Terry Drayton has had two start-ups stonewashed by crashes. But that didn’t discourage him. He’s back with a new one, Livible, and this time he wants to disrupt the market with his on-demand storage service.
Products flop. Ideas don’t pan out. Hires turn toxic. Companies go bankrupt.
Most businesses fail, and for those that succeed, an array of elements of everyday operations falls flat on its face. Every failure can be traced back to a founder, especially in a small company.
But there’s no avoiding the screw-ups, so serial entrepreneurs learn to use the mishaps to their advantage.
“Something you learn as an entrepreneur is resiliency, and turning failures into learning experiences,” Verschueren said. “Sometimes people are serial entrepreneurs not because one startup is a huge success and they want more, but because one fizzles out and they just start again.”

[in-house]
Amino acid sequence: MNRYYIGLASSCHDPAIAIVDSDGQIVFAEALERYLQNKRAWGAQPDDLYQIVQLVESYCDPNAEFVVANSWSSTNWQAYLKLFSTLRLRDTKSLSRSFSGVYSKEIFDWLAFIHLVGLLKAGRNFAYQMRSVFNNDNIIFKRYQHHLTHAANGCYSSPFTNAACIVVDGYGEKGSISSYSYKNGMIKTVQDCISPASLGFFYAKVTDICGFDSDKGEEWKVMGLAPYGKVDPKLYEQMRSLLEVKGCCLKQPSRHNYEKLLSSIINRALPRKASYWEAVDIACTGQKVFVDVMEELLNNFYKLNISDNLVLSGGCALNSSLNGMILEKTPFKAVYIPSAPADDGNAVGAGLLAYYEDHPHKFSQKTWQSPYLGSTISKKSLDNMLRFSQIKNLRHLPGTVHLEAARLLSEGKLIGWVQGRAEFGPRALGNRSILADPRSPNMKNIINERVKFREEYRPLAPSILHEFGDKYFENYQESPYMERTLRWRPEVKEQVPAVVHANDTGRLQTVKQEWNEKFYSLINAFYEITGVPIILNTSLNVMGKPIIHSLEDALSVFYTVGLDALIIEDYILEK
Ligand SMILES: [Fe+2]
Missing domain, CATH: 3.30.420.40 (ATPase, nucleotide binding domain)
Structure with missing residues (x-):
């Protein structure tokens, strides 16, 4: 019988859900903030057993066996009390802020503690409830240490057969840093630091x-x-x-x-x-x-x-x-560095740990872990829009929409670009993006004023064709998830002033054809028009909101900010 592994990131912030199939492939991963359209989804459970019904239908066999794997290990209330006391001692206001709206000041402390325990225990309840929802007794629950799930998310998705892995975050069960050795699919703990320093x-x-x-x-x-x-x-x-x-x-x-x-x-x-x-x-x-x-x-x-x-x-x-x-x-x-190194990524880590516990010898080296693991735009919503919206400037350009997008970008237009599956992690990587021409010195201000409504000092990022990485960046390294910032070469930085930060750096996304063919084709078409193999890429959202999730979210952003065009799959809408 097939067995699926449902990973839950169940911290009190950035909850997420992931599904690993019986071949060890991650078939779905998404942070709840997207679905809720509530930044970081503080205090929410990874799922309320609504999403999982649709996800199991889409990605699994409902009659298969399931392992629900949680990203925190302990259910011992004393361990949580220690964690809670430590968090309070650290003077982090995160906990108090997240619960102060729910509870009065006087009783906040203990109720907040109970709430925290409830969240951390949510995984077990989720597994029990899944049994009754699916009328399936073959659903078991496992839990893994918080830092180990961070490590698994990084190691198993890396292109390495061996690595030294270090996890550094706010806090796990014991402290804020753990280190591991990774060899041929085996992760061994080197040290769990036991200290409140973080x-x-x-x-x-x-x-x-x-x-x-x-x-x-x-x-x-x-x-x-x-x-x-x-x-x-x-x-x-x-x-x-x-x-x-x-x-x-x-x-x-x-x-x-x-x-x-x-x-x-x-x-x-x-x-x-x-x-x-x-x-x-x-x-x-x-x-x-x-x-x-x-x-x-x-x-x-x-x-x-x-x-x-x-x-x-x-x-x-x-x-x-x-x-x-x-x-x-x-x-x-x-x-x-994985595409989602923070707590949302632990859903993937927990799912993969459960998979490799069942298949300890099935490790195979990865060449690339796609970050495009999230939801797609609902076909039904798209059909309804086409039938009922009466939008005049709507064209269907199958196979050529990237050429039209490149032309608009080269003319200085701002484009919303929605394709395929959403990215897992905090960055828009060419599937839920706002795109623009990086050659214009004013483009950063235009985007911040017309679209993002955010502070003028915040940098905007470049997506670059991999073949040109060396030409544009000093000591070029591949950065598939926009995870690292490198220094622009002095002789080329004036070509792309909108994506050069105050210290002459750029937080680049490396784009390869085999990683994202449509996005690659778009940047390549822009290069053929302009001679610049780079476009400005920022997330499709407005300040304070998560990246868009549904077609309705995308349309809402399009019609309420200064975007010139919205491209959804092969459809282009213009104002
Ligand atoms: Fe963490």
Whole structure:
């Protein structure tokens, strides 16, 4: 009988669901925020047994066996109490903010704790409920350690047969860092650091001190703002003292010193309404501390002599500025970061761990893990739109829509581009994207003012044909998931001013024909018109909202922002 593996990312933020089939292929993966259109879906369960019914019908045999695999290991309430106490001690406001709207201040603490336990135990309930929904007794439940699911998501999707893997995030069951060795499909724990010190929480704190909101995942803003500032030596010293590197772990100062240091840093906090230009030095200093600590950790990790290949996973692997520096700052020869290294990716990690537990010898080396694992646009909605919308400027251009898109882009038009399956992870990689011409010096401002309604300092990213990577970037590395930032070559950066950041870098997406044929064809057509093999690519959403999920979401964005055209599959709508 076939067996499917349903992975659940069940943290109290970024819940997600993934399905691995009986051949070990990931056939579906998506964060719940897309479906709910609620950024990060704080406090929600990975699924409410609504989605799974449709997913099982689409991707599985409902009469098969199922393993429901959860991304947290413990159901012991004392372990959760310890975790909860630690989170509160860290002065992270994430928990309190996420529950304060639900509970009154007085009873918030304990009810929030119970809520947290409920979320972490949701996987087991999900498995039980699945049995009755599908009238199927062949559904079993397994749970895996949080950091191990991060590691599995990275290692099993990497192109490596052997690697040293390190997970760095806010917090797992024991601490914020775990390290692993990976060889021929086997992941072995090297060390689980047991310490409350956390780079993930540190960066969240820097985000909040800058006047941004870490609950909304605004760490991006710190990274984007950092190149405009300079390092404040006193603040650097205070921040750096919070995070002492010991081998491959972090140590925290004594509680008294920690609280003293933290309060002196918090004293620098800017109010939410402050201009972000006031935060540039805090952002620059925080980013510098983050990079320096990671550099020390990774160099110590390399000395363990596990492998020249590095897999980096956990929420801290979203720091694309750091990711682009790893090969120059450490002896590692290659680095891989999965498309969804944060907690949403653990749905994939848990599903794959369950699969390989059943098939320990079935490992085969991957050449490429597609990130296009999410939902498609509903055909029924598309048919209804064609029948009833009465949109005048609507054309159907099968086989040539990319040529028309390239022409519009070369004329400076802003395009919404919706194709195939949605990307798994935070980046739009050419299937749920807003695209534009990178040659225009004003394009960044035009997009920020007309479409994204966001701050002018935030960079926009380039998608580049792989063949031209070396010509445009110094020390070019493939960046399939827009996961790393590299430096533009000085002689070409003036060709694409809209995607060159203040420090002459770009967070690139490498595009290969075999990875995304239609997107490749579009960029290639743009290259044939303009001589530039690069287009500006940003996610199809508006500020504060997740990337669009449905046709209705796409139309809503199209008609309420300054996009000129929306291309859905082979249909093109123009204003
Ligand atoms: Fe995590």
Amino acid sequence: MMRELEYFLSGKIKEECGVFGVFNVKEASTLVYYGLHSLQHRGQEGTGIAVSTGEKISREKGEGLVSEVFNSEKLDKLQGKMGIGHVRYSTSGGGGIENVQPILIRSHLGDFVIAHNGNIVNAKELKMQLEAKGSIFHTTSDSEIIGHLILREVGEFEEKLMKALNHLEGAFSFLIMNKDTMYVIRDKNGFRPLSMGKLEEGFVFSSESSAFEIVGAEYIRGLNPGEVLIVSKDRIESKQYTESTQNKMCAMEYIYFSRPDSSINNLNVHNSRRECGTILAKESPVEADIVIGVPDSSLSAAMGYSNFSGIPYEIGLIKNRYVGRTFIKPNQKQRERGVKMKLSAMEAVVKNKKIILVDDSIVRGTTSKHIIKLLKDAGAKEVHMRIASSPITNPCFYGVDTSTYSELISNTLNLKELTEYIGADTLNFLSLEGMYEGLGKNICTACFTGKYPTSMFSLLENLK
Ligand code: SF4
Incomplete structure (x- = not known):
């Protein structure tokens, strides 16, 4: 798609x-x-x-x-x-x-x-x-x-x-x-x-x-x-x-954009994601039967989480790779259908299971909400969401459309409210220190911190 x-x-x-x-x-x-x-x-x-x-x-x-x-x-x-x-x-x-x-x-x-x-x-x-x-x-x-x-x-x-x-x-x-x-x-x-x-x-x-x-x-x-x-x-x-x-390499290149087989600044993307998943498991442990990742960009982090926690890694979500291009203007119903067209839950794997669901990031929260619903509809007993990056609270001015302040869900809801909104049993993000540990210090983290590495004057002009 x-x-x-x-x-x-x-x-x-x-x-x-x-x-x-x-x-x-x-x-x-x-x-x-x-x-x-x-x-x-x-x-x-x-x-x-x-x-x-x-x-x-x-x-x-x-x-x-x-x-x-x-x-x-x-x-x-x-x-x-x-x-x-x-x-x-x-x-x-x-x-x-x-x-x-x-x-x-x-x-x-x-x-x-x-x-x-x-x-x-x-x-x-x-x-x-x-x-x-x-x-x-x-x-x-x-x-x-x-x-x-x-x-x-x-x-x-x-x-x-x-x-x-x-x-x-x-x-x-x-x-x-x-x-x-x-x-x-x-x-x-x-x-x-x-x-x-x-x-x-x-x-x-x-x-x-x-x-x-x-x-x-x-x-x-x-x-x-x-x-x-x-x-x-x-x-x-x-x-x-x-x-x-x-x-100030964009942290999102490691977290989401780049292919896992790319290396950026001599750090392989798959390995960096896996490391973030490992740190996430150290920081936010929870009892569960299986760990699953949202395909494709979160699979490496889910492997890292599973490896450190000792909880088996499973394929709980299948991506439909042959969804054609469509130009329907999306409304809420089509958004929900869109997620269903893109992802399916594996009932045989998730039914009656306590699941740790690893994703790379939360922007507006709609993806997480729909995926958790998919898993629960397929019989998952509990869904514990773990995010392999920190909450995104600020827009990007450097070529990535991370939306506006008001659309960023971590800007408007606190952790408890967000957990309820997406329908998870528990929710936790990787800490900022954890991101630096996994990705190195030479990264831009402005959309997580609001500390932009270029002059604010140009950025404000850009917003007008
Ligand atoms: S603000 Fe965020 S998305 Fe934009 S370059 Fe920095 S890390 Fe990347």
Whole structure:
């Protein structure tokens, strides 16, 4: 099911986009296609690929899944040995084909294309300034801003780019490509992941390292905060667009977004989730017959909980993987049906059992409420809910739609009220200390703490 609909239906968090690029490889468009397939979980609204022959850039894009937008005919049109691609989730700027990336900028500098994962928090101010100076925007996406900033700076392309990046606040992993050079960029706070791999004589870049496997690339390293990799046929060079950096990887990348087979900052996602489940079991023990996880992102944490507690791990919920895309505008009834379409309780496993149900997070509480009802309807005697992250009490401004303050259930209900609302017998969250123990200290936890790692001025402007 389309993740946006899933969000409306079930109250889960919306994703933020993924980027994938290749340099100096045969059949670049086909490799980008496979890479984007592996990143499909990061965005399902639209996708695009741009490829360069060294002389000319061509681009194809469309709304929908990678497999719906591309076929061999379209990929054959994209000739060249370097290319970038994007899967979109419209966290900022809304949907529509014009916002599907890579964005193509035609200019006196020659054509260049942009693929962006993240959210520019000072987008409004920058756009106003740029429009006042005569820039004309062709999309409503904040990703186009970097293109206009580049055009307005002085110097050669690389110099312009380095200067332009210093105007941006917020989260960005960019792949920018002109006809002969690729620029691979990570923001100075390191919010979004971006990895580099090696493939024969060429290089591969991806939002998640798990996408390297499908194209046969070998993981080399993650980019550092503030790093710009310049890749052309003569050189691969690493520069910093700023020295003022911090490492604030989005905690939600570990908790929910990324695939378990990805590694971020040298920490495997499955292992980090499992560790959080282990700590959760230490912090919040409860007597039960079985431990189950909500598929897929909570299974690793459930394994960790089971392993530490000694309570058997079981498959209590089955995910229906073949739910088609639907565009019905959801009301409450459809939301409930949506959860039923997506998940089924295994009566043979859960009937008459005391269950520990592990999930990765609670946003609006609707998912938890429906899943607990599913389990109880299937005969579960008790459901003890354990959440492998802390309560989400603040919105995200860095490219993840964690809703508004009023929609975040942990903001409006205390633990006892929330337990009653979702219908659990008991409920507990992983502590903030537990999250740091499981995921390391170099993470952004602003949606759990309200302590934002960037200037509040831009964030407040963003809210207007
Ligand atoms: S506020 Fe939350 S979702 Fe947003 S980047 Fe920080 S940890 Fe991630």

Those who are able to turn mistakes into learning experiences often are those who don’t hold their own ideas sacred, and let the end user of their product or service determine what works and what doesn’t.
“Accept the fact that if you put something out there, and people don’t like it, that’s the stuff you listen to,” Terry Drayton said. “Customers are smart as hell. I’ve had many of my favorite ideas crash and burn when we put it on the market, and that’s fine. Try it, and if it works, keep it. If it doesn’t work, try something else.”
This post originally appeared on 425business.com
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